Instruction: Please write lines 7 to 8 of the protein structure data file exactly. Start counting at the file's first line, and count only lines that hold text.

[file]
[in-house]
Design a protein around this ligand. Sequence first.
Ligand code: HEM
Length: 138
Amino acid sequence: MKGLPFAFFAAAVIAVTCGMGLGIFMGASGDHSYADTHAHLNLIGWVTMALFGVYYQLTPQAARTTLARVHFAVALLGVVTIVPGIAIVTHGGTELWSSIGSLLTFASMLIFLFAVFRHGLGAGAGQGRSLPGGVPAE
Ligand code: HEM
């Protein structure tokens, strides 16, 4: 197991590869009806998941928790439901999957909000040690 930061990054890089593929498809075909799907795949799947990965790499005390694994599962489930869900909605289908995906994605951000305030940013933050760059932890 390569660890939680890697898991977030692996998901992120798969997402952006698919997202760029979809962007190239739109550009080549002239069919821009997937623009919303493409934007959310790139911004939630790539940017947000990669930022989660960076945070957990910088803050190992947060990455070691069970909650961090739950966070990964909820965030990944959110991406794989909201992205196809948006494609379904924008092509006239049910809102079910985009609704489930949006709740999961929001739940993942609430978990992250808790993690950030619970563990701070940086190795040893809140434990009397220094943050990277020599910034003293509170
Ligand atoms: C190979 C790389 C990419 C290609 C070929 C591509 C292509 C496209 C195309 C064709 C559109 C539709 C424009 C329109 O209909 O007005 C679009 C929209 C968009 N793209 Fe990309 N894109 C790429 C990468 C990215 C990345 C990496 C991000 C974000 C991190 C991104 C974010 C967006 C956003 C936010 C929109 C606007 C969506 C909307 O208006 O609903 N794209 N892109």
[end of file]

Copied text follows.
């Protein structure tokens, strides 16, 4: 197991590869009806998941928790439901999957909000040690 930061990054890089593929498809075909799907795949799947990965790499005390694994599962489930869900909605289908995906994605951000305030940013933050760059932890 390569660890939680890697898991977030692996998901992120798969997402952006698919997202760029979809962007190239739109550009080549002239069919821009997937623009919303493409934007959310790139911004939630790539940017947000990669930022989660960076945070957990910088803050190992947060990455070691069970909650961090739950966070990964909820965030990944959110991406794989909201992205196809948006494609379904924008092509006239049910809102079910985009609704489930949006709740999961929001739940993942609430978990992250808790993690950030619970563990701070940086190795040893809140434990009397220094943050990277020599910034003293509170
Ligand atoms: C190979 C790389 C990419 C290609 C070929 C591509 C292509 C496209 C195309 C064709 C559109 C539709 C424009 C329109 O209909 O007005 C679009 C929209 C968009 N793209 Fe990309 N894109 C790429 C990468 C990215 C990345 C990496 C991000 C974000 C991190 C991104 C974010 C967006 C956003 C936010 C929109 C606007 C969506 C909307 O208006 O609903 N794209 N892109």